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From Blood and Ash Book Review

Updated: Oct 24

Guess who's back on the blog for our Monsters & Magic theme? With a late review for a book I read a couple months ago, no less. Tis what it is.


From Blood and Ash by Jennifer L. Armentrout is a dark, vampiric fantasy romance that took me by surprise. It's been a while since I've gotten sucked (hah) into a book so thoroughly, and it's a perfect read for spooky season.


Onward, witches!


From Blood and Ash Review Coffee, Book, and Candle

Genre: NA Dark Romantasy


Category: Cozy Read

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RATING: 4/5 Stars

Plot: 3/5 stars

Characters: 4/5 stars

World: 4/5 stars


Pairings: Poppy's Stew + Heartmates Sangria

 

A Maiden…


Chosen from birth to usher in a new era, Poppy’s life has never been her own. The life of the Maiden is solitary. Never to be touched. Never to be looked upon. Never to be spoken to. Never to experience pleasure. Waiting for the day of her Ascension, she would rather be with the guards, fighting back the evil that took her family, than preparing to be found worthy by the gods. But the choice has never been hers.


A Duty…


The entire kingdom’s future rests on Poppy’s shoulders, something she’s not even quite sure she wants for herself. Because a Maiden has a heart. And a soul. And longing. And when Hawke, a golden-eyed guard honor bound to ensure her Ascension, enters her life, destiny and duty become tangled with desire and need. He incites her anger, makes her question everything she believes in, and tempts her with the forbidden.


A Kingdom…


Forsaken by the gods and feared by mortals, a fallen kingdom is rising once more, determined to take back what they believe is theirs through violence and vengeance. And as the shadow of those cursed draws closer, the line between what is forbidden and what is right becomes blurred. Poppy is not only on the verge of losing her heart and being found unworthy by the gods, but also her life when every blood-soaked thread that holds her world together begins to unravel.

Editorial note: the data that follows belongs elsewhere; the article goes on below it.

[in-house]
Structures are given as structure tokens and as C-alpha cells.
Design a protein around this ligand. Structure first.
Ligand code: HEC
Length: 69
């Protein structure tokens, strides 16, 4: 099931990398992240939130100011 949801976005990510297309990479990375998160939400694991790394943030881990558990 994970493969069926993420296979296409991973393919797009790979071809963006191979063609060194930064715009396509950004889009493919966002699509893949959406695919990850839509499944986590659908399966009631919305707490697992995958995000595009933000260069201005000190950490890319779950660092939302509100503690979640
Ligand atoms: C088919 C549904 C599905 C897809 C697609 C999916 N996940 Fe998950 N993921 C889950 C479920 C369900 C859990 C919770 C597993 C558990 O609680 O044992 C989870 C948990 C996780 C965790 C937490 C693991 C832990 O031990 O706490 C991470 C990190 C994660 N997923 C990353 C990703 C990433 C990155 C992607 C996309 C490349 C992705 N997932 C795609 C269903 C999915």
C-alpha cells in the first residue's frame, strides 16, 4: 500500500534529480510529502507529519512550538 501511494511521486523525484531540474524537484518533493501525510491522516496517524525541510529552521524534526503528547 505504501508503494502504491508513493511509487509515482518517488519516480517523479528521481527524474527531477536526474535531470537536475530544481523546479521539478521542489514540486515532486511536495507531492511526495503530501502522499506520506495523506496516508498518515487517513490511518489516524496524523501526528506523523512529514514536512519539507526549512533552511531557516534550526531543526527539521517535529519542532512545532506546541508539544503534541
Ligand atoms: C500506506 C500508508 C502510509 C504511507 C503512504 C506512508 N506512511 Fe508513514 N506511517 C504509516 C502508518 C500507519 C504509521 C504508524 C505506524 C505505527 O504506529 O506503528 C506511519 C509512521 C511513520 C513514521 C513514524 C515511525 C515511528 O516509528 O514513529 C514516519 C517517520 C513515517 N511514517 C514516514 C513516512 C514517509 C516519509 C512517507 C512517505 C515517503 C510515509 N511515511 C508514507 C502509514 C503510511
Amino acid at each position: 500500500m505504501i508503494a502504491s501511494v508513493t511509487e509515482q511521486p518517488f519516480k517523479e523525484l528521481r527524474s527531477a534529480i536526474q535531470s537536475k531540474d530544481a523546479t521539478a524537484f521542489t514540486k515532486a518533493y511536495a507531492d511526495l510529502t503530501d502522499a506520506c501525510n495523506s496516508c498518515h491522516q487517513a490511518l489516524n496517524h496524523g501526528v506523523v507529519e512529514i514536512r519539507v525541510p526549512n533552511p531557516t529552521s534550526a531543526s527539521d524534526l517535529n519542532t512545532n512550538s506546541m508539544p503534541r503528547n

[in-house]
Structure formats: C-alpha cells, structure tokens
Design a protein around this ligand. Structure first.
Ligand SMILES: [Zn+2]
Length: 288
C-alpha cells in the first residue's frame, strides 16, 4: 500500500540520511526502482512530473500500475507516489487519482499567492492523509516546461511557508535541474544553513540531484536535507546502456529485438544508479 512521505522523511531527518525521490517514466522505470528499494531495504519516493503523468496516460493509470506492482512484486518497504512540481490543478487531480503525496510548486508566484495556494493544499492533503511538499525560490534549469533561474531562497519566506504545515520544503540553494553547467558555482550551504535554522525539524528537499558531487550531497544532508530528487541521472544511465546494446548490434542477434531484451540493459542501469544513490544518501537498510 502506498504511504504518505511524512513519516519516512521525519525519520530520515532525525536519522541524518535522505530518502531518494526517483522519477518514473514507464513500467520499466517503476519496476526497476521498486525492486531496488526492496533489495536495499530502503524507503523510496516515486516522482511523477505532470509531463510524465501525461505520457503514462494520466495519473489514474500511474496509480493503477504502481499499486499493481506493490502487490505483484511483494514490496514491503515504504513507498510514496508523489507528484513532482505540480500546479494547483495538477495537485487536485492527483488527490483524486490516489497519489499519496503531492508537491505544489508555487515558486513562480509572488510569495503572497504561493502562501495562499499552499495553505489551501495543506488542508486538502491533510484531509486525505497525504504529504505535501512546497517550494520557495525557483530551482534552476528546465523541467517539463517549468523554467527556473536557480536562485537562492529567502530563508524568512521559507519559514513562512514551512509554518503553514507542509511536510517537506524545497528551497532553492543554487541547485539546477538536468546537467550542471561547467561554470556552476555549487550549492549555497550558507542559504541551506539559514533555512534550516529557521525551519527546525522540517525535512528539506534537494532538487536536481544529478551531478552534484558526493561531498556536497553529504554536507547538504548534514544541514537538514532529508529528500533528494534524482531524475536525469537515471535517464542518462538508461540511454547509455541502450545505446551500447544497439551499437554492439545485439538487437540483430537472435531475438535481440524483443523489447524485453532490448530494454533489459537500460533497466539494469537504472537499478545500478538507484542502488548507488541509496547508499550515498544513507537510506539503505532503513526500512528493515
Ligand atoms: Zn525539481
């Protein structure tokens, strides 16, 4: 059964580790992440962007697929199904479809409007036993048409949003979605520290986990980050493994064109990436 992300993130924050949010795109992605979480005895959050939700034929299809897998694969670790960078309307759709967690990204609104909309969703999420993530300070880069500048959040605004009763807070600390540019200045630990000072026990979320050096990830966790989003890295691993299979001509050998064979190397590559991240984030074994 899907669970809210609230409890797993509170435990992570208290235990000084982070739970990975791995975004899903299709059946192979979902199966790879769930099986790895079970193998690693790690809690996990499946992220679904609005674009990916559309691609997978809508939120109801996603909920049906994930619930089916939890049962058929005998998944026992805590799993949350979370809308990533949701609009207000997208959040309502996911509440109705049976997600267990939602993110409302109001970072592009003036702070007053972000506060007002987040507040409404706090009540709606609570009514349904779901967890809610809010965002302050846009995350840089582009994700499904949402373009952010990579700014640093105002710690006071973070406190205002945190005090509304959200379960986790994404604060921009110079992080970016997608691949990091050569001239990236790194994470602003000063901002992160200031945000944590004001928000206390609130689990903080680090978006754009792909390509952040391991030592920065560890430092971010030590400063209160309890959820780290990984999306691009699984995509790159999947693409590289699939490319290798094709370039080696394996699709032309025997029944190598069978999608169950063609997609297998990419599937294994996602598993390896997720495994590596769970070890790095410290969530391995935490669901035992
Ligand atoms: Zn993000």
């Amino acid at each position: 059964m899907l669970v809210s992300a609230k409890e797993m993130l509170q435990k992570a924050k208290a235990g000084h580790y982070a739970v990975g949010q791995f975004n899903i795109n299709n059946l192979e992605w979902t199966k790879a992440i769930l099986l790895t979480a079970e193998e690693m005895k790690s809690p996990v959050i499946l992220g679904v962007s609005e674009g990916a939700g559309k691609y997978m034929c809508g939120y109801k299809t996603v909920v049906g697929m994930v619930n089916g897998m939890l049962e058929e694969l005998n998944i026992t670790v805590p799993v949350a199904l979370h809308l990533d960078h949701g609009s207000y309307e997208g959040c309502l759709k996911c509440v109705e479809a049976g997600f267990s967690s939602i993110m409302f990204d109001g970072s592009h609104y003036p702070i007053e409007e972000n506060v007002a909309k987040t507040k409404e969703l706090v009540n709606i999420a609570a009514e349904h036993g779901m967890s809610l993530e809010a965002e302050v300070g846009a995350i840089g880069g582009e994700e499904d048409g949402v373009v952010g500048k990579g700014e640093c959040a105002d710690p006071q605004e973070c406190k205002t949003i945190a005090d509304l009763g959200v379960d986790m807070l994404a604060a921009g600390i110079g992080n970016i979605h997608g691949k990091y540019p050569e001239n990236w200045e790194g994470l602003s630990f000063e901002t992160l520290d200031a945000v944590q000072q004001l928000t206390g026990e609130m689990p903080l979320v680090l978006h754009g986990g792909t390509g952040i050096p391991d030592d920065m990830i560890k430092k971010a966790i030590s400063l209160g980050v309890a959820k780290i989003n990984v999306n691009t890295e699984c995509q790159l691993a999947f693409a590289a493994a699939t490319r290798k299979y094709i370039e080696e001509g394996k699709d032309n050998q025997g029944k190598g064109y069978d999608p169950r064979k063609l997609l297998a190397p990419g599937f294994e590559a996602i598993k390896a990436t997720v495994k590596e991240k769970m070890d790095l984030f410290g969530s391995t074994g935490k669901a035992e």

PLOT & WORLD


The plot and world are initially what hooked me. From Blood and Ash is mostly set at a medieval-esque keep in the kingdom of Masadonia, cut off from the rest of the world by a Blood Forest (cheesy-sounding, but mY gOtH vIbEs approve). The forest is full of ashen trees with blood-red leaves and crawling with Craven—vampiric creatures devoid of humanity and driven by bloodlust. It is said the Craven are made by Atlantians, descendants of the gods who control the Craven and have wiped out the rest of the land with them.


Supposedly, the Ascended are the only ones keeping the remaining Atlantians and Craven at bay. Ascended are nobility "blessed by the gods" with immortal lives and the strength to protect their people.


Like all rich and powerful folks, the nobility abuse their position. They delight in holding their people's fear over them and are not telling the whole truth—no one knows what goes on during the Ascension or how Poppy, the main character and Maiden, is supposed to usher in a new era.


These are the questions that drew me in. It's not the most creative plot—hence why it's rated lowest. But if you've read our reviews, you know we're forgiving of a cheesy plot if the world and characters keep our attention, which was the case here.


The plot is a standard formula: bad nobles are in control and lying to everyone, the main character is the special chosen one, and by meeting dark-broody-new-guy, she unlocks the secrets of her world so she can begin making informed decisions that are actually everyone else telling her what to do.


Eh.


But you know what? I speed-read that shit. I consumed it like a bag of Halloween candy to satisfy a sweet tooth. Because despite having a predictable plot, it was exactly what I wanted: a character-driven, romance-heavy read with a snarky villain love interest and enough gothic vibes and blood to kick it into spooky territory. I didn't have to think too much about it, and I'm okay with that type of fantasy sometimes.